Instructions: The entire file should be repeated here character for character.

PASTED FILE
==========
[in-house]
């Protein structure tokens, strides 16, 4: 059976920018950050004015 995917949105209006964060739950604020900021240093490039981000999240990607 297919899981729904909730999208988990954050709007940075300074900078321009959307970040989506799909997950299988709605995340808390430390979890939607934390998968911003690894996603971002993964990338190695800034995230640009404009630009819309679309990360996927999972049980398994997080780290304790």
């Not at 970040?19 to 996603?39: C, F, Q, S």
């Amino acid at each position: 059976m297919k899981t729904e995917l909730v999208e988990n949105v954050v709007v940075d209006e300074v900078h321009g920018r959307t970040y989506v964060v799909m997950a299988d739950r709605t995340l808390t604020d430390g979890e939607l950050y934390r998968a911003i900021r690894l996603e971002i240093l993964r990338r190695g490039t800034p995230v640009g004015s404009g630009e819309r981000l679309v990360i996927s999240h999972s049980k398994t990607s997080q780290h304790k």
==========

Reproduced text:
[in-house]
């Protein structure tokens, strides 16, 4: 059976920018950050004015 995917949105209006964060739950604020900021240093490039981000999240990607 297919899981729904909730999208988990954050709007940075300074900078321009959307970040989506799909997950299988709605995340808390430390979890939607934390998968911003690894996603971002993964990338190695800034995230640009404009630009819309679309990360996927999972049980398994997080780290304790």
């Not at 970040?19 to 996603?39: C, F, Q, S």
């Amino acid at each position: 059976m297919k899981t729904e995917l909730v999208e988990n949105v954050v709007v940075d209006e300074v900078h321009g920018r959307t970040y989506v964060v799909m997950a299988d739950r709605t995340l808390t604020d430390g979890e939607l950050y934390r998968a911003i900021r690894l996603e971002i240093l993964r990338r190695g490039t800034p995230v640009g004015s404009g630009e819309r981000l679309v990360i996927s999240h999972s049980k398994t990607s997080q780290h304790k």